PARTY

The ANC once painted the police as a demon - Makhubela

COPE MP says the attitude of the people has not changed from those days

POLICE BUDGET VOTE
MAY 26 2011-05-26
National Council of Provinces
HON MW MAKHUBELA

COPE expresses its disappointment with the department for not upholding its image with the people. Such an attitude has a long history and we are not making much progress. As a result of this, public perception about the police is suffering on the one hand, and the safety of the police is being compromised on the other hand.

It is no secret that the ANC government painted the police as a demon during the liberation days. During that time the police were marginalized, insulted, booed at, maligned, and attacked. Many were killed and necklaced, Hon Minister.  

During the years of the struggle it was common for people to say: "Bulale Izinja" [Kill the dogs, meaning kill the police]. This attitude of the people against the police has not changed, even in our new dispensation. That is why in only five months of this year, 36 police officers have already been killed. This is totally unacceptable.

Police in the 80's and 90's were necklaced, harassed and victimised and had their homes and families burned. These days a new trend has developed - they are shooting at the police in the head, as witnessed recently here in Cape Town, where two police officers were gunned down.

Instead of just wearing a bullet-vest, police officers operating in rough neighbourhoods now need bullet-helmets, Hon Minister. It is also unacceptable to send two police officers into dangerous areas.

Perceptions are a reality, Hon Minister. People still see the police as the arm of government, like in the old apartheid years, working in opposition to the people's will. 

All public protests against service delivery by innocent and unarmed civilians are repulsed using heavily armed police officials. The message from the police in the pictures beamed on television, is saying to the people: stay away from conducting legal protests, we will use the police to kill you.

The militarisation of the police is a regressive move. We need more democracy and less suppression led by Generals. The order to "shoot to kill" has put us back.

The people are not happy with the police in our communities. Even the apartheid military understood the need to win the hearts and minds of the people. Have we learnt nothing from that brutal period of our history?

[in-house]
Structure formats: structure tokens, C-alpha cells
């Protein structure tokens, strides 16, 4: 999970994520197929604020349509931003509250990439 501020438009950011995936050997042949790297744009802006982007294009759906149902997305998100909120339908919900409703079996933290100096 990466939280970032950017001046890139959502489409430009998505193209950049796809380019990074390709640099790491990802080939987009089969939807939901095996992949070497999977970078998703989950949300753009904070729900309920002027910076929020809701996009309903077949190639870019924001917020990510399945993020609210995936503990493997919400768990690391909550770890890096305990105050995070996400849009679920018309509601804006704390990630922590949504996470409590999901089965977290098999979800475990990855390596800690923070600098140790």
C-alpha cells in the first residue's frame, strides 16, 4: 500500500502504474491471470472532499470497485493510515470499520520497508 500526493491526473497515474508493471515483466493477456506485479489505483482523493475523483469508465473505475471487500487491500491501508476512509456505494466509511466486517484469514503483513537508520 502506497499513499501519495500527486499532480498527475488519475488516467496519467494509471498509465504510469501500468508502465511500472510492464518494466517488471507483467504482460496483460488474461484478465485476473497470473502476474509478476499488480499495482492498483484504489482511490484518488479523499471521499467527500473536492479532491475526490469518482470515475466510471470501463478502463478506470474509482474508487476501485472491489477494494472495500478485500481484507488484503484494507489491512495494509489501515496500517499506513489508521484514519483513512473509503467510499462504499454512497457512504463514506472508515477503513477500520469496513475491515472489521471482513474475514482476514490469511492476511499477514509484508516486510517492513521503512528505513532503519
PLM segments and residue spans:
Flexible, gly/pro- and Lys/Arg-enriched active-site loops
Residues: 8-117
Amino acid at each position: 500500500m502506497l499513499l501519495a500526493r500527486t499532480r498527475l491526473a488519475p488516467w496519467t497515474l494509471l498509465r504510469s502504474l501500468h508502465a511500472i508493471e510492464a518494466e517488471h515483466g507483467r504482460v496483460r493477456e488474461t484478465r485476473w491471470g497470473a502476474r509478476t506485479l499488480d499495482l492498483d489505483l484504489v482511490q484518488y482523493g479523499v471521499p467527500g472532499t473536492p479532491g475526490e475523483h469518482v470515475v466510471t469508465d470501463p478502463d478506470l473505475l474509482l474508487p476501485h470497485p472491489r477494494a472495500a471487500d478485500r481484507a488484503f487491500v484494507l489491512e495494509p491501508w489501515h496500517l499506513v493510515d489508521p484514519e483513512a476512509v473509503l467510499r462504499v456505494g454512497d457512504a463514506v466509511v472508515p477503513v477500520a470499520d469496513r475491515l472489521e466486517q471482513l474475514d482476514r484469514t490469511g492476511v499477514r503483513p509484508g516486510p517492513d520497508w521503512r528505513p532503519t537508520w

COPE would like to see more community inclusive activities introduced through the new Civilian Secretariat Bill of 2010. The police need to win the confidence and respect of communities and they should be immediately work shopped in this regard.

THE CONGRESS OF THE PEOPLE would also like to see the government re-introduce the Police Safety Directorate whose sole responsibility will be to restore a positive perception of the police. The department has an enormous challenge to help normalize relations between the department and the community.  

You can fool some of the people some of the time, Hon Minister, but you cannot fool all the people all the time.  We recommend the project of "Adopt a COP" so as to mobilize citizen support for police. Henceforth, whenever police are called into informal housing areas or areas where gangs operate, communities should be encouraged to come out in support of the police.

No community should countenance the killing of a police officer. We ask the minister to encourage each school, church and other community stakeholders to adopt a cop as their community friend, as a point of contact for information, investigations or reports of suspicious goings-on. The police officer and communities must work in partnership. This project can be adopted nationally, provincially, and locally through municipalities and right down to the police station level.

We call on the people of South Africa to strengthen the arm of the Independent Complaints Directorate (formerly ICD now called IPID) and the Community Secretariat.

We have long advocated citizen democracy, and this is but one aspect of what COPE stands for.

COPE is eager to see a crime free society as a result of an accountable police force, led by leaders of integrity. No police officer must ever be tainted by any scandal as this is extremely damaging to the reputation of the police. Every scandal causes incalculable harm. Police must never ever be seen to be aiding and abetting criminals or helping to destroy the economy by turning a blind eye to white-collar crime. The police must use high quality intelligence systems to ensure high quality results. 

Issued by COPE, May 26 2011

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